But, the onus isn't solely on EMR vendors: Healthcare organizations must also step up to the plate if they want to see positive changes in the EMR space. A hospital system that considers the EMR as simply an IT product instead of an operations product — with the proper resource allocation — is setting itself up for failure.

An EMR wish list

Here are six things all EMR vendors should consider incorporating into their software.

1. The EMR should understand the data it stores. Data governance is often a second thought creating many issues. Data entry is one of physicians' and nurses' top pain points in regards to the EMR — but it doesn't have to be. Automating processes and assisting clinical personnel better would lead to a more user-friendly EMR. However, the EMR must go one step further to be as intuitive as physicians need; in order to reap its full benefits, better data integration is a necessity. This means the EMR should be capable of analyzing patient data to identify patterns or gaps in care, as well as predicting outcomes or advising treatment plans. It should also be able to take in patient generated health data to paint a clearer picture of individuals' unique health circumstances. Think of it this way — Google and Amazon, for better or worse, often know what your preferences are before you do. The EMR should get to this level.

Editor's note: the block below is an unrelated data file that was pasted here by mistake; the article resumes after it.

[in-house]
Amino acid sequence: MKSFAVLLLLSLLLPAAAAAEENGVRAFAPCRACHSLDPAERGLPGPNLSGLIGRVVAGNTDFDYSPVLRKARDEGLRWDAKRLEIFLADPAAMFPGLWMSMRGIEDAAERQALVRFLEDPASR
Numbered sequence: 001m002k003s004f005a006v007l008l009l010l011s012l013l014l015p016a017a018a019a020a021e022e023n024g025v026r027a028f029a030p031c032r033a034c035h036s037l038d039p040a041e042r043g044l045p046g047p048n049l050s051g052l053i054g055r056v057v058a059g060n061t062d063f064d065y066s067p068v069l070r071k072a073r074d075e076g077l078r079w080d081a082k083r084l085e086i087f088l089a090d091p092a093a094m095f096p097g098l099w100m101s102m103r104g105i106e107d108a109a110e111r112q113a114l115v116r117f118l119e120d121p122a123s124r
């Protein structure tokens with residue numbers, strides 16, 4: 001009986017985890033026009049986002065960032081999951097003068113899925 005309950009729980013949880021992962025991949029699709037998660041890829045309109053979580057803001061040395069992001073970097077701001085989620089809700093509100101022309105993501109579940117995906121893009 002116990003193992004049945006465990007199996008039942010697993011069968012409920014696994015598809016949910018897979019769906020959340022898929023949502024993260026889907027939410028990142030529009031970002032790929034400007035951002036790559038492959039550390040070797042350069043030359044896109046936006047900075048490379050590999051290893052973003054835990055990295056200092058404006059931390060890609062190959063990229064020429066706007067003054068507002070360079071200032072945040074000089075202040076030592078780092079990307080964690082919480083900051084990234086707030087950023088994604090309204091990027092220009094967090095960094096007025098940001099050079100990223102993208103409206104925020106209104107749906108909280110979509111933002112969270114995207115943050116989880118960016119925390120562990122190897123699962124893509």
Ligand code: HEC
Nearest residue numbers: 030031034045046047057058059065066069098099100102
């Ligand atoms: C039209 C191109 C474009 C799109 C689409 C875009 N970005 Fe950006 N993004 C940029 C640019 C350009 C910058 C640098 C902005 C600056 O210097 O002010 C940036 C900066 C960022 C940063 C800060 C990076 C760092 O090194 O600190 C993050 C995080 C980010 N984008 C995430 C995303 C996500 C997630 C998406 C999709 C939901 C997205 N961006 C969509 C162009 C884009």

2. It should be wholly interoperable. An EMR that can connect all of an organization's departmental EMRs and enable cross-organization communication and collaboration is a must. This data sharing should extend beyond the four walls of each individual organization. The U.S. healthcare industry has been grappling with this idea of connectivity, or interoperability, for years. But, in the mobile age we live in, in which people are constantly moving from place to place, all of healthcare begs for interoperable technology systems. In other words, it may be time to put patient needs ahead of our business desires as this is effectively a patient safety and healthcare waste issue.